Mr. Willard may have been acquitted, but Argentine’s factional wars were far from over. The Times end of year review devoted a page to Argentine, “the richest town of its size in the United States,” offering a “panorama of thriving industry and prosperity … on every side.” Included were reprints of the tributes to Higginbotham and Goodway, along with laudatory profiles of other city luminaries: the former mayor, the current postmaster, a real estate investor, the city’s oldest barber, dealers in coal, ice and furniture, a butcher, grocer, J.P., lawyer and police judge.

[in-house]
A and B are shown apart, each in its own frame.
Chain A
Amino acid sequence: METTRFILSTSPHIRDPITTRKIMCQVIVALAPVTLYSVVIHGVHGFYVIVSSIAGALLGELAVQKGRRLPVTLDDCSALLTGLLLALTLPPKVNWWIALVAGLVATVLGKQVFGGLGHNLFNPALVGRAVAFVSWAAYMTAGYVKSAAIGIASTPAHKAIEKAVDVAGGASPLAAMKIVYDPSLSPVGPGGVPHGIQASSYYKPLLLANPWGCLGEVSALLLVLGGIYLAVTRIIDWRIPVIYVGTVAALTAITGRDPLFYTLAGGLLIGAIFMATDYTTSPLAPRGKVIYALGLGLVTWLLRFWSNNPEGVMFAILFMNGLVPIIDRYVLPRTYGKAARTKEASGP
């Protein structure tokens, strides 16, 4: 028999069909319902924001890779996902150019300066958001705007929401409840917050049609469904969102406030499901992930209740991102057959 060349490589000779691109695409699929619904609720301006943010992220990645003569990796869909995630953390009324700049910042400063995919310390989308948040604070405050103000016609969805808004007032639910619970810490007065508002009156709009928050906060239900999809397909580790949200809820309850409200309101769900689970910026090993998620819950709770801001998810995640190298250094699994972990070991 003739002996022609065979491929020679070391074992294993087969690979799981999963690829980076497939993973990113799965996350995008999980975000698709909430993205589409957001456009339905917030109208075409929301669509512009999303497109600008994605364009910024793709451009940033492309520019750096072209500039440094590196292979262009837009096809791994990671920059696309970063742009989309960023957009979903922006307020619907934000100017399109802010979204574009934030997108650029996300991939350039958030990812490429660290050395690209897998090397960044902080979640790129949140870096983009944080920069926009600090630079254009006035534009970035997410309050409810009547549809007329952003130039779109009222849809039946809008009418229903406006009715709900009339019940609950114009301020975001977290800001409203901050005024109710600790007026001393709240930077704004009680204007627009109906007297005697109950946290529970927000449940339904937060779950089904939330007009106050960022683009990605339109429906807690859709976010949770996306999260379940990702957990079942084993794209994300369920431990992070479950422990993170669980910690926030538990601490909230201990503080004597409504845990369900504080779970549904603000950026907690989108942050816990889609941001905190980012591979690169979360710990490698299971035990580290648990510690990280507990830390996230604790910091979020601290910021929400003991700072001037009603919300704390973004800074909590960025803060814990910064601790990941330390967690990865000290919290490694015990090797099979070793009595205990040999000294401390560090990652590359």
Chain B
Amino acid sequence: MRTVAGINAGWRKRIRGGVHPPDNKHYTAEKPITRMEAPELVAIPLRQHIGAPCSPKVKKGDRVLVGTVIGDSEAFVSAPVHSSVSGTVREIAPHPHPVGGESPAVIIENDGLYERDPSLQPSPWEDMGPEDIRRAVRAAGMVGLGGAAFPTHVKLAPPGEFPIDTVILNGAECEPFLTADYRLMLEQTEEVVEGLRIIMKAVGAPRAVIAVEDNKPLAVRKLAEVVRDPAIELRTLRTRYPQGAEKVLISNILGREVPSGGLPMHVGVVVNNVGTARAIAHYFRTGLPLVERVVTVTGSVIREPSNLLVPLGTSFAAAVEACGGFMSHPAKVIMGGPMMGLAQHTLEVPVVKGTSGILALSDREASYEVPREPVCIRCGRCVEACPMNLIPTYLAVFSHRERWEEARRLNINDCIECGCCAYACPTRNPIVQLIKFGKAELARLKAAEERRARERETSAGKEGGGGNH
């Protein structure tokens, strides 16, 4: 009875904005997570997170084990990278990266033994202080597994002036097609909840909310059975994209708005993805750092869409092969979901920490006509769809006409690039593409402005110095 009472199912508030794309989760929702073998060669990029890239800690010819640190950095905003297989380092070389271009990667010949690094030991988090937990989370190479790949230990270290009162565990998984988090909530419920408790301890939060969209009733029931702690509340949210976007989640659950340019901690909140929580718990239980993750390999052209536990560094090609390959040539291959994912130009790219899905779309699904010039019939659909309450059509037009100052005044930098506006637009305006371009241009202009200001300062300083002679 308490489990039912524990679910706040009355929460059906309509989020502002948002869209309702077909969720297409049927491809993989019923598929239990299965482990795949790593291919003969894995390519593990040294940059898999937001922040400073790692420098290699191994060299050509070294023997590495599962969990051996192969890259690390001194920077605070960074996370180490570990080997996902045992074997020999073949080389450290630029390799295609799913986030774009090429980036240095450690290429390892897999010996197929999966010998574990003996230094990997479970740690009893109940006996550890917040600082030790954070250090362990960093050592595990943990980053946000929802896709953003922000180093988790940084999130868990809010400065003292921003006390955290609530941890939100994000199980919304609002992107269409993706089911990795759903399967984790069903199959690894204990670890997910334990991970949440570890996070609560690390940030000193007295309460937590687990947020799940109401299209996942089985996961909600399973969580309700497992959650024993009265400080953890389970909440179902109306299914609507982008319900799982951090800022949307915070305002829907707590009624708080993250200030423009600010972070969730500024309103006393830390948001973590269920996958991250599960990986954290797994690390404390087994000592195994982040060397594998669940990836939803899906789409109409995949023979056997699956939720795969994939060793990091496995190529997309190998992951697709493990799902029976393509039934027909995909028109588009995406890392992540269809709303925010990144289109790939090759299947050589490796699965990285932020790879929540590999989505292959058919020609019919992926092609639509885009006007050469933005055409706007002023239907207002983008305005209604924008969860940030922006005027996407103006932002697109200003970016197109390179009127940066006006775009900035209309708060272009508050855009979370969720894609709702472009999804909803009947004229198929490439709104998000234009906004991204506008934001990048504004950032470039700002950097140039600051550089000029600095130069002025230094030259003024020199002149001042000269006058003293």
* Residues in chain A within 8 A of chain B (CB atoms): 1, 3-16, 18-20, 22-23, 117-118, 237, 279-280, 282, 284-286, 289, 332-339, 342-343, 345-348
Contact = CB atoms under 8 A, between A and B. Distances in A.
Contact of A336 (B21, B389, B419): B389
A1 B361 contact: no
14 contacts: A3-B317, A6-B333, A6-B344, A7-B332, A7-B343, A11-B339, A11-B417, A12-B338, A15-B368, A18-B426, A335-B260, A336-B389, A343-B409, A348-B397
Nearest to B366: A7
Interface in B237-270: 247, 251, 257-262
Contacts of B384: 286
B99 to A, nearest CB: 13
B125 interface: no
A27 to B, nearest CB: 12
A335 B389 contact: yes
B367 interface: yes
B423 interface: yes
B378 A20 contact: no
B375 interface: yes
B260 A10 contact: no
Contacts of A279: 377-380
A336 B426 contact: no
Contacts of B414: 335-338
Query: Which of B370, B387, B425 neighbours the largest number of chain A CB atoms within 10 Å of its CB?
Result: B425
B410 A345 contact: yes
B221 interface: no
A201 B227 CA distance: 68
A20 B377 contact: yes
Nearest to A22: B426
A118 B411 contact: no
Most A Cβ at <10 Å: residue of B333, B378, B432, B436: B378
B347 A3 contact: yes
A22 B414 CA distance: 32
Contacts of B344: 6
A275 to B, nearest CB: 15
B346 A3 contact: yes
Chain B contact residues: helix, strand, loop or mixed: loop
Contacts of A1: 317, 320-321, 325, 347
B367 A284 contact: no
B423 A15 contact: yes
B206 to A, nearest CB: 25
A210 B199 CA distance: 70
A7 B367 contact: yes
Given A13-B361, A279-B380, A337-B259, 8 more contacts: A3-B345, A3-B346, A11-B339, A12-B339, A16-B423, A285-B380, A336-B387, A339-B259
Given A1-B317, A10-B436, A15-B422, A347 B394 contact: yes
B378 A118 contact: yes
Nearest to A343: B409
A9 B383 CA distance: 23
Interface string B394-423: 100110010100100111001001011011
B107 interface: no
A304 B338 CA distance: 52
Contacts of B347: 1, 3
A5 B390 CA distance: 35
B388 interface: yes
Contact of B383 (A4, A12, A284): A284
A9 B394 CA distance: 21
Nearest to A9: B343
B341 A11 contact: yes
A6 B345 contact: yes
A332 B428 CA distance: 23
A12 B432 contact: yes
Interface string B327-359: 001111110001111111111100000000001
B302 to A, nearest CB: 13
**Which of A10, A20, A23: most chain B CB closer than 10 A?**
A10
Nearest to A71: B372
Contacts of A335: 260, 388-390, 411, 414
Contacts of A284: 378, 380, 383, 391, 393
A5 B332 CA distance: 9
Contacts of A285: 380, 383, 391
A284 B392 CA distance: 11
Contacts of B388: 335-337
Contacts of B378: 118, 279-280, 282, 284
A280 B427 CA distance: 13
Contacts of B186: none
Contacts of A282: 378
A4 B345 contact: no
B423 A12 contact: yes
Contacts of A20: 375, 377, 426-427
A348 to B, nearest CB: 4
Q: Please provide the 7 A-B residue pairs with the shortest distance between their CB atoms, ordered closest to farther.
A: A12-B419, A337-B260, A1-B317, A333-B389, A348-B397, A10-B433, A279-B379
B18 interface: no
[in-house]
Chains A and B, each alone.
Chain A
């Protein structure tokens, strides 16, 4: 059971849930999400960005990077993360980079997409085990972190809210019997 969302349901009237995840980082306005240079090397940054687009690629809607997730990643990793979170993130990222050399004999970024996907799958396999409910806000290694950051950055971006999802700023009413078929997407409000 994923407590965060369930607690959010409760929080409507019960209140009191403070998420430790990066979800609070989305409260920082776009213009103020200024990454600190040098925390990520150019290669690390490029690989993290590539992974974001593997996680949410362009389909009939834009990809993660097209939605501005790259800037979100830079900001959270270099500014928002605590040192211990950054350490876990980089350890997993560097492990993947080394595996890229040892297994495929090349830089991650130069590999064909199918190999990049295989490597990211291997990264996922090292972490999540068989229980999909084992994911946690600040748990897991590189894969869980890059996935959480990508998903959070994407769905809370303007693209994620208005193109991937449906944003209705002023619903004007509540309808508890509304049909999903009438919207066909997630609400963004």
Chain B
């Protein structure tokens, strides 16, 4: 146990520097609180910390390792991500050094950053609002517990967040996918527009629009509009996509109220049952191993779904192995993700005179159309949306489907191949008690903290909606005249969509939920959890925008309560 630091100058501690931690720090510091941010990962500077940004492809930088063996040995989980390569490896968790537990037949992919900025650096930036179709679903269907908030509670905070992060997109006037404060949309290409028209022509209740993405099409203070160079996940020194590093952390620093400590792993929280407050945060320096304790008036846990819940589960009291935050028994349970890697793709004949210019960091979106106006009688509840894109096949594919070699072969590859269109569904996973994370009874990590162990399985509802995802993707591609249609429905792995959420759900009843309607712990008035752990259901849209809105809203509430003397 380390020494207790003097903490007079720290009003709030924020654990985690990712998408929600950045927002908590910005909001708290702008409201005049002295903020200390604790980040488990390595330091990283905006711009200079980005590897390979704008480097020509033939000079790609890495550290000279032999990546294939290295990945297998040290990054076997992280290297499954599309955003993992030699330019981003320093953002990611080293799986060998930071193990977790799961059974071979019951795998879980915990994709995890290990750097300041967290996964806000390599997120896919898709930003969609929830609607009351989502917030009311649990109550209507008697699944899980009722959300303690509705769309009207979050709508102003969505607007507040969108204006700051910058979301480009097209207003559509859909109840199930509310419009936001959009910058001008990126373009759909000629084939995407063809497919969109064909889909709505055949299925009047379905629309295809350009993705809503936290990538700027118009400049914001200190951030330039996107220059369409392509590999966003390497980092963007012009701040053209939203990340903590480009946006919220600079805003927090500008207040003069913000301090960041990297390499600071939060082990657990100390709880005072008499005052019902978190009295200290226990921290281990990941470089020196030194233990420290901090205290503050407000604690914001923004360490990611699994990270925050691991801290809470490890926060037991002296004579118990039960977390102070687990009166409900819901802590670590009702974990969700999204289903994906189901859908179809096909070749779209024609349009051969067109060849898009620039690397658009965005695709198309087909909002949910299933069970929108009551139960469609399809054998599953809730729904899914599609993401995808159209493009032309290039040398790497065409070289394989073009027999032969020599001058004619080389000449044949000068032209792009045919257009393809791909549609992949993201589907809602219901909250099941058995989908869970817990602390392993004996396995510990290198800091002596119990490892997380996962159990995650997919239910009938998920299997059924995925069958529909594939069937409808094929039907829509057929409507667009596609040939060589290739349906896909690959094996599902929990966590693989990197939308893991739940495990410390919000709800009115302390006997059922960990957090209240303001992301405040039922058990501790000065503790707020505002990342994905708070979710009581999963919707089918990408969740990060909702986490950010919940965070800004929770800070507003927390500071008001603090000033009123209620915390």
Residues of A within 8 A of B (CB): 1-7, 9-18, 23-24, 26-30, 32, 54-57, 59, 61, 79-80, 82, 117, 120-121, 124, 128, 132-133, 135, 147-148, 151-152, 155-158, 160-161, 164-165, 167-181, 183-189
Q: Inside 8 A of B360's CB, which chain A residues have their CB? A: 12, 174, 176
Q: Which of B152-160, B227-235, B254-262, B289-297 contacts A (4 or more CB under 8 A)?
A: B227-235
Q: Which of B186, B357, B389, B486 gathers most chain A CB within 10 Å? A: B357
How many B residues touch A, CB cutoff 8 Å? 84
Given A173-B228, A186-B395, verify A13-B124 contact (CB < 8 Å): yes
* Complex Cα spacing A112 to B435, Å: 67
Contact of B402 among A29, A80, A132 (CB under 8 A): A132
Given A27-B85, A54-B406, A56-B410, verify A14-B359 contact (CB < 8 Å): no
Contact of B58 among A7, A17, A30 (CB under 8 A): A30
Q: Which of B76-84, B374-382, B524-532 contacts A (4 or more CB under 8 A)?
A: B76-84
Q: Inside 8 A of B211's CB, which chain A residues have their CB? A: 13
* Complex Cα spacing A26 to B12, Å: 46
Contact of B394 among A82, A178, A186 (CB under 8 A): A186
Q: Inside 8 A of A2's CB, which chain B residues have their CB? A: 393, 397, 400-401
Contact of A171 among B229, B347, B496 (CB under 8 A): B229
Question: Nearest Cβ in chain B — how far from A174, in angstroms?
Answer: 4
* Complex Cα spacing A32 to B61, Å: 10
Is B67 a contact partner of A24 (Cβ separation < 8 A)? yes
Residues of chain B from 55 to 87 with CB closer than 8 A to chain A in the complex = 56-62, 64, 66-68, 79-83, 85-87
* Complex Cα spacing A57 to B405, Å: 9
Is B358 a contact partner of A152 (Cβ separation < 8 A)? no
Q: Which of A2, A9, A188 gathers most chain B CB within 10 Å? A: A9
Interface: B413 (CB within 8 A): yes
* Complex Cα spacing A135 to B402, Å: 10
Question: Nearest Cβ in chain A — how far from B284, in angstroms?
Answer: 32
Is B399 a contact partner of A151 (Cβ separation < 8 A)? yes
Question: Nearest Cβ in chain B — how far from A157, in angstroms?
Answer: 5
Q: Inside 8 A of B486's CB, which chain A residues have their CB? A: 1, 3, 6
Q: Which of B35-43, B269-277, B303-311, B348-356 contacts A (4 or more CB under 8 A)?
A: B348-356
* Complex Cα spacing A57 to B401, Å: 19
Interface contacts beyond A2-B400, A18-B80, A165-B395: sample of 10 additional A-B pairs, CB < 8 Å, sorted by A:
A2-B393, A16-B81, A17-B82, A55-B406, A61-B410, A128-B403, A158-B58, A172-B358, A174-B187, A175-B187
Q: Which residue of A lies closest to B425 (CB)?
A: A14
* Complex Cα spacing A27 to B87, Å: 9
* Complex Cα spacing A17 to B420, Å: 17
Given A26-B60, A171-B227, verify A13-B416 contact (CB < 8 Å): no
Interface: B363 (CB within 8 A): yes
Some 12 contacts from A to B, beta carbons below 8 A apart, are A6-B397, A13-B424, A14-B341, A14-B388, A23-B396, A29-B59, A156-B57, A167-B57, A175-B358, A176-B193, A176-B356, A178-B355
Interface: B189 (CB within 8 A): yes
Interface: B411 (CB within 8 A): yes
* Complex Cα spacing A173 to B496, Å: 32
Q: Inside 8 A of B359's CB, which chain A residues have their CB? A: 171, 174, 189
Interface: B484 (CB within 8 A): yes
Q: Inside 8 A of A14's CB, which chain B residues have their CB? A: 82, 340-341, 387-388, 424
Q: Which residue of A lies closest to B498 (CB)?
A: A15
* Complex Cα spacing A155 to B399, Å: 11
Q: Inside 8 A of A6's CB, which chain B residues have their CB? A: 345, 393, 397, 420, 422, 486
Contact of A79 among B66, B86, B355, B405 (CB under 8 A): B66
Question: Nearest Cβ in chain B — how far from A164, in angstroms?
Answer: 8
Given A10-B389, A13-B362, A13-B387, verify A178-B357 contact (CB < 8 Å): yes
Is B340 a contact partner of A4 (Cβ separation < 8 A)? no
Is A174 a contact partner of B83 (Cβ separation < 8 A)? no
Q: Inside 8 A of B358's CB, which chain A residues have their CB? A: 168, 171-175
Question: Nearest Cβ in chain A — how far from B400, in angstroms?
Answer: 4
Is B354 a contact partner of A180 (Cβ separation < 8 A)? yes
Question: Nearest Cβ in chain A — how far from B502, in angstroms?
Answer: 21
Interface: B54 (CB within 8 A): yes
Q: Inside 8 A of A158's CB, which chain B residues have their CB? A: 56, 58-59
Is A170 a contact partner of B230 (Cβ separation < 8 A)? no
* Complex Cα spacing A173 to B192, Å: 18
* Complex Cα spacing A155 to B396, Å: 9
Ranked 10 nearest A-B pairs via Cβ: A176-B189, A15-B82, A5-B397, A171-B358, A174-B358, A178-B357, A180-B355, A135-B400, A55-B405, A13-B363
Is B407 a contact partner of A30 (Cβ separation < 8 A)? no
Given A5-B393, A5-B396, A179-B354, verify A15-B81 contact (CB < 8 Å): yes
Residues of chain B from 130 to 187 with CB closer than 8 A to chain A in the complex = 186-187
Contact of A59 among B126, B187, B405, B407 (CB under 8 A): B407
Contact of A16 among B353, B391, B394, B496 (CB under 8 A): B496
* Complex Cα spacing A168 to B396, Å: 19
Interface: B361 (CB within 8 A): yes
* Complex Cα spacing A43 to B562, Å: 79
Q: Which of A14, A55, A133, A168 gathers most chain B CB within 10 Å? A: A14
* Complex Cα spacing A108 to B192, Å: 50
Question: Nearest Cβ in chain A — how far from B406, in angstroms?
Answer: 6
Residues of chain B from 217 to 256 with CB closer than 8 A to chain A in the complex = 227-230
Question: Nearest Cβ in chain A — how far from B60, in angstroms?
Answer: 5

Noticeable by his omission: the city’s mayor, Frank ‘Pop’ Willard.
 Centennial History of Argentine: Kansas City, Kansas, 1880-1980. 1980. http://www.kansasheritage.org/kssights/argentine/title.htm
 There was disagreement in the papers about the mayor’s name: he’s identified as Willard and Williard; his initials are given variously as F.O., F.A., F.L., and P.O.
 Perl W. Morgan, ed. History of Wyandotte County Kansas and its people.Chicago: Lewis publishing company, 1911. p. 893-895. http://skyways.lib.ks.us/genweb/archives/wyandott/history/1911/volume2/h/haleja.html
 “Policy shops” sold tickets for illegal lotteries; in both Kansas Cities they were linked to corruption of public officials and the police.
August 13, 2012